Nuits Saint Georges Ligeret - 1926 #
Savigny Chanson Père & Fils - 1926
Nuits Saint Georges les Vaucrains Michelot Prop. - 1926
Savigny lès Beaune Chanson Père et fils - 1926
Pommard Grands Epenots Michel Gaunoux - 1926
Pommard Epenots Colomb Maréchal - 1926
Bâtard Montrachet Pierre André - 1926
Romanée Saint Vivant Charles Noëllat - 1926
Volnay Coron Père et Fils - 1926
Volnay Coron Père et Fils - 1926

Some of them have been purely amazing, specially the Pommards.
Old wines are younger than what is generally considered
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OW Holmes

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by OW Holmes » Wed Mar 29, 2006 6:58 pm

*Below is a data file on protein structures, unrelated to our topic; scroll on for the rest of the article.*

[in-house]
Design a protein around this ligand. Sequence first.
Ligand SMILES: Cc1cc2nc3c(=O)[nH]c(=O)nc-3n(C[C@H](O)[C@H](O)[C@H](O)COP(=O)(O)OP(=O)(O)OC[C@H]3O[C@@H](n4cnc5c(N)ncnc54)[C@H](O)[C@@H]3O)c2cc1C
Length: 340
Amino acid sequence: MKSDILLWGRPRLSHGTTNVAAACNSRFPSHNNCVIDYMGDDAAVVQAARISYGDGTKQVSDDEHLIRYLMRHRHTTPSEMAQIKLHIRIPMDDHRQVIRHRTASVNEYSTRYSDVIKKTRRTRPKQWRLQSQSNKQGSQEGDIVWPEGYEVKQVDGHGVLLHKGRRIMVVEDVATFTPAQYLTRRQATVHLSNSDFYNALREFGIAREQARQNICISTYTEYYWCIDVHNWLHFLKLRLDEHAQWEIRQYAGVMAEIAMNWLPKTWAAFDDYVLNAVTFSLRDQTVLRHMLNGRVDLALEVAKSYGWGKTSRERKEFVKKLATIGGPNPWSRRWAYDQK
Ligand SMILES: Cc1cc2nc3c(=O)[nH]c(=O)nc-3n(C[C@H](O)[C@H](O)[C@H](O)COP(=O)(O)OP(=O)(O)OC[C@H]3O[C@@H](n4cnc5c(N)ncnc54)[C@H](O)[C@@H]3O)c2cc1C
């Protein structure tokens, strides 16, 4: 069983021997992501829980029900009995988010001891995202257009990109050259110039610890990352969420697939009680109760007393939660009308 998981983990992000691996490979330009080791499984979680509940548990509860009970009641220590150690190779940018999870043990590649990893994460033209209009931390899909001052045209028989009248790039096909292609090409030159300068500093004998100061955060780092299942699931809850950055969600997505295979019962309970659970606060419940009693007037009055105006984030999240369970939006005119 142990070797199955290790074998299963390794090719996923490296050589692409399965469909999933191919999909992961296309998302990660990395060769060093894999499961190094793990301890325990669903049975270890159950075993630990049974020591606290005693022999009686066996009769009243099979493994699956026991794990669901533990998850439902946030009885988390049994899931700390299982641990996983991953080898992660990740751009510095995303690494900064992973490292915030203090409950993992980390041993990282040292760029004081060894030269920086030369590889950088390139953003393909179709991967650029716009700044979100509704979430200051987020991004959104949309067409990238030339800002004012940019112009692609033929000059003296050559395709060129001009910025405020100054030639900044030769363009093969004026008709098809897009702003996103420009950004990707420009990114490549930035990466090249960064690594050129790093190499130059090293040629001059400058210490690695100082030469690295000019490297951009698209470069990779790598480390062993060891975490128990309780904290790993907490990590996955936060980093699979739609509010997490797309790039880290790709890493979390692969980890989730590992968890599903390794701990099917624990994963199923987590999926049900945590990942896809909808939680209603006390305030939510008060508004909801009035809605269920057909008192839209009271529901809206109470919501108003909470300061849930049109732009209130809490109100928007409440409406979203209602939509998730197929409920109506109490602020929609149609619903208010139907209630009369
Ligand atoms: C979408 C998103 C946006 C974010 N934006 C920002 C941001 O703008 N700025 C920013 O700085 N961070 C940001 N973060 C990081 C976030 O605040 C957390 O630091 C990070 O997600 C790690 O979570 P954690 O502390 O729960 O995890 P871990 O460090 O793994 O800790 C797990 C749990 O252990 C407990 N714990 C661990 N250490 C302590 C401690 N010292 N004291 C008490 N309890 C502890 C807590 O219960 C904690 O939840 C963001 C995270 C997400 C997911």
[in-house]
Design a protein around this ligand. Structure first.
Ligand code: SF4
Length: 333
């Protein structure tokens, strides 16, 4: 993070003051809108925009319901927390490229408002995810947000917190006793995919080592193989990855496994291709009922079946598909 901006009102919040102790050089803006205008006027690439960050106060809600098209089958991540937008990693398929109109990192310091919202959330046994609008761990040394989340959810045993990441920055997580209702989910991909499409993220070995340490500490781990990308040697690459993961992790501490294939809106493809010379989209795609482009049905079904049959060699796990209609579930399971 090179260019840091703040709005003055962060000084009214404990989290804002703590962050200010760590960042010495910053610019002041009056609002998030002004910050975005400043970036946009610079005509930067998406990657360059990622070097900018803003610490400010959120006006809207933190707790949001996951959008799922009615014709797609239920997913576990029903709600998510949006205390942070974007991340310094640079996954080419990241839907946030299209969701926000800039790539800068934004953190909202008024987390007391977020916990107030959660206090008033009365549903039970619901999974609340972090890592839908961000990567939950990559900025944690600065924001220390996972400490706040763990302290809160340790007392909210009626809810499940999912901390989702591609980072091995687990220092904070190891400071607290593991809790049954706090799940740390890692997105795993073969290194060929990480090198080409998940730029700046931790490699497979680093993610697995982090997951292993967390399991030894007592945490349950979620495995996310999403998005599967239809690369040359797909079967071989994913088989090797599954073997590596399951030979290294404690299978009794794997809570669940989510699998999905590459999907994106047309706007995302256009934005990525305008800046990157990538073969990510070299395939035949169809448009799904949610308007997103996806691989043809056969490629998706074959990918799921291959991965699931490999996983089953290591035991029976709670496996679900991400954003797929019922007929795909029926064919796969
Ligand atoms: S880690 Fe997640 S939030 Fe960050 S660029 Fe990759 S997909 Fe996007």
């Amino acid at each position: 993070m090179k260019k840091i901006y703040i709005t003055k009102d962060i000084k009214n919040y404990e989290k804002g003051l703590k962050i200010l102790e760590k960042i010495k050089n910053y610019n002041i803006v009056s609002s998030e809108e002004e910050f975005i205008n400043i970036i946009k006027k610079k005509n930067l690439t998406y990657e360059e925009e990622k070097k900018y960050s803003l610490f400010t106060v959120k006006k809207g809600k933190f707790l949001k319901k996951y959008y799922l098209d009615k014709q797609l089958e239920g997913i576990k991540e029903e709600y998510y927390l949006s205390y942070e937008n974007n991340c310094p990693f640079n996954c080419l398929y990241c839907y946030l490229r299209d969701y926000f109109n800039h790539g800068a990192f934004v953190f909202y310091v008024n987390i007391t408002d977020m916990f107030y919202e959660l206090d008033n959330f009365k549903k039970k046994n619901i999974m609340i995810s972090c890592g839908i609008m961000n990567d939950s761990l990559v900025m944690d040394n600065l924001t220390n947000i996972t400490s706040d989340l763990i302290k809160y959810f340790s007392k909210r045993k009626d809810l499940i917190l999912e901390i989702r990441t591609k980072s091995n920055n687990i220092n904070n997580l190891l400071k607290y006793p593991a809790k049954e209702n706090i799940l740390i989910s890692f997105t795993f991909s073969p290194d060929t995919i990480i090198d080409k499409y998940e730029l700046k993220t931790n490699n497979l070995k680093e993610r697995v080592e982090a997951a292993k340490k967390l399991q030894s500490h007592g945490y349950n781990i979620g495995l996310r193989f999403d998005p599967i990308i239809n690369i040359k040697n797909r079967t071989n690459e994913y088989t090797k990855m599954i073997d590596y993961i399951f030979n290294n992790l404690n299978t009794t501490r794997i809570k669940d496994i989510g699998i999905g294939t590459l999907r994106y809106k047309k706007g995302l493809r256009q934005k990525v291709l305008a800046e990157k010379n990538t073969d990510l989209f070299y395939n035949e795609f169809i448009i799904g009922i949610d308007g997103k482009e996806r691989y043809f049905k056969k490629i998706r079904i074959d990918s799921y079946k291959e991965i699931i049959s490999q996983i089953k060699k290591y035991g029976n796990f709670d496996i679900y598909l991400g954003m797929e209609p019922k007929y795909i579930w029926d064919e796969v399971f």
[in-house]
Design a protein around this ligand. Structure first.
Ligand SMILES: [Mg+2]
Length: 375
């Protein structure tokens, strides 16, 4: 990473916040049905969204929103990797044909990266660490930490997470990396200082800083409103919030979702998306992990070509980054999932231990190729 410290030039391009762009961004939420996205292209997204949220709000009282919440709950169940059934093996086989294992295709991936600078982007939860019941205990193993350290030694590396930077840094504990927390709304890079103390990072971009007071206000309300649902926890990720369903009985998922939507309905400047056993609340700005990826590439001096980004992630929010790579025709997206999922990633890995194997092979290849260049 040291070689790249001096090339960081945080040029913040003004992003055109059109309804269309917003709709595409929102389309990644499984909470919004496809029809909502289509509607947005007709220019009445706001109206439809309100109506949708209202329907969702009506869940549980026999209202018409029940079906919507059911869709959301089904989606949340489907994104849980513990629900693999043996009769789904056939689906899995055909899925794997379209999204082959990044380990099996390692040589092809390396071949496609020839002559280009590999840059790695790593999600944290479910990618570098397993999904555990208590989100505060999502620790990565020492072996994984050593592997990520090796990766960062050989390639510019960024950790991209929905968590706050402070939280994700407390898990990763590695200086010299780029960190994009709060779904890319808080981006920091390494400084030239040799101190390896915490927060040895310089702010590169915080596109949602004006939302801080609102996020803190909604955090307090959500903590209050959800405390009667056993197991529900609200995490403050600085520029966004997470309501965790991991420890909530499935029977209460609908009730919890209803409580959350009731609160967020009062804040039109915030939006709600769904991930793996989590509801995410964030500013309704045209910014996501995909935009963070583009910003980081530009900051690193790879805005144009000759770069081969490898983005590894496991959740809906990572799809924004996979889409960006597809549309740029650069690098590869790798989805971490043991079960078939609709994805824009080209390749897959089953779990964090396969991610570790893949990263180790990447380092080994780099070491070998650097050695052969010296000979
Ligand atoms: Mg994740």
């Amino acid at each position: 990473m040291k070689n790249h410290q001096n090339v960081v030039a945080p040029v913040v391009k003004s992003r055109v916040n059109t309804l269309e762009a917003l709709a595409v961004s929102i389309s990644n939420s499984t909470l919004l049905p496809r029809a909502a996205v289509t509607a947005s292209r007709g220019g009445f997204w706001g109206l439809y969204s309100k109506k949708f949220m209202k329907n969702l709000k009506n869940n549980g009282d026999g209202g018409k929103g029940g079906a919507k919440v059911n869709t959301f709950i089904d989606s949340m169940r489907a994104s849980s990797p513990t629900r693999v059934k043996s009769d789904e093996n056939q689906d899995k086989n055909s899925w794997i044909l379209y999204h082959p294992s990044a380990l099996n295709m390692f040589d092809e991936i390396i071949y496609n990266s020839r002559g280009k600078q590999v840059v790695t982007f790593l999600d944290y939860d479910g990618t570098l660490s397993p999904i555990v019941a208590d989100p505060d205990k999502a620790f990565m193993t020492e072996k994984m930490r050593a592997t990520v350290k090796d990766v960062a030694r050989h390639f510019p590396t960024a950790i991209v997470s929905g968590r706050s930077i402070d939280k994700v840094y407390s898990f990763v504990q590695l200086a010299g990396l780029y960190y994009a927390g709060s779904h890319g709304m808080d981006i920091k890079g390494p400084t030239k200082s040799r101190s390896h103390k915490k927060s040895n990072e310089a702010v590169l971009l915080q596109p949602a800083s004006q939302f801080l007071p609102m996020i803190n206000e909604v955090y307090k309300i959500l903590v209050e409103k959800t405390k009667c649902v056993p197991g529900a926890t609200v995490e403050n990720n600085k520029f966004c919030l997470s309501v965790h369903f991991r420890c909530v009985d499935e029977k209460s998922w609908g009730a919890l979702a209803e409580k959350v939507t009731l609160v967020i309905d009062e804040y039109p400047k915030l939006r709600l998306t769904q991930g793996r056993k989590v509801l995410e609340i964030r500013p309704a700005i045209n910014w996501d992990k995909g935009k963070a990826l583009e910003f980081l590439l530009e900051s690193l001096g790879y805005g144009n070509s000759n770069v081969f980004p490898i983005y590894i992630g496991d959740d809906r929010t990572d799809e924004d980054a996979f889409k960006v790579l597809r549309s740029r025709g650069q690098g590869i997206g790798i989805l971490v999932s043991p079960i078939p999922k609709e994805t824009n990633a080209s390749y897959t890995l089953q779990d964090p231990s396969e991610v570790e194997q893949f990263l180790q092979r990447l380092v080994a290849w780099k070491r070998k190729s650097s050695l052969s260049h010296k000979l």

Our oldest was an 1875 Barbieto Malvazia - a youngster compared to Otto's. It capped a perfectly delightful evening that started with Dom 1996 and six different caviars, followed by a Syrah tasting which featered Syrah from three regions - Northern Rhone (Chave Hermitage), Southern Rhone (Chateauneuf du Pape) and California (I forget which) but in each case, for each area, one 25 or so years old, and one relatively young. Spectacular. Then came the Malvazia, which was youthful tasting, fresh even.
-OW
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Roy Hersh

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by Roy Hersh » Thu Mar 30, 2006 3:19 am

MY TOP 10 FAVORITE PRE-1840s
1795 Barbeito Terrantez Madeira
1802 Acciaioly Terrantez Madeira
1808 Blandy's Malmsey Madeira
1830 Ferreira Vintage Port
1830 Quinta do Serrado Malmsey Madeira
1834 Barbeito Malvazia Madeira
1834 Barbeito Terrantez Madeira
1836 Oscar Acciaioly Malmsey
1837 Tokaji
1839 Acciaioly Verdelho Madeira


Dozens of other Vintage and Colheita Ports and Madeiras between 1840-1900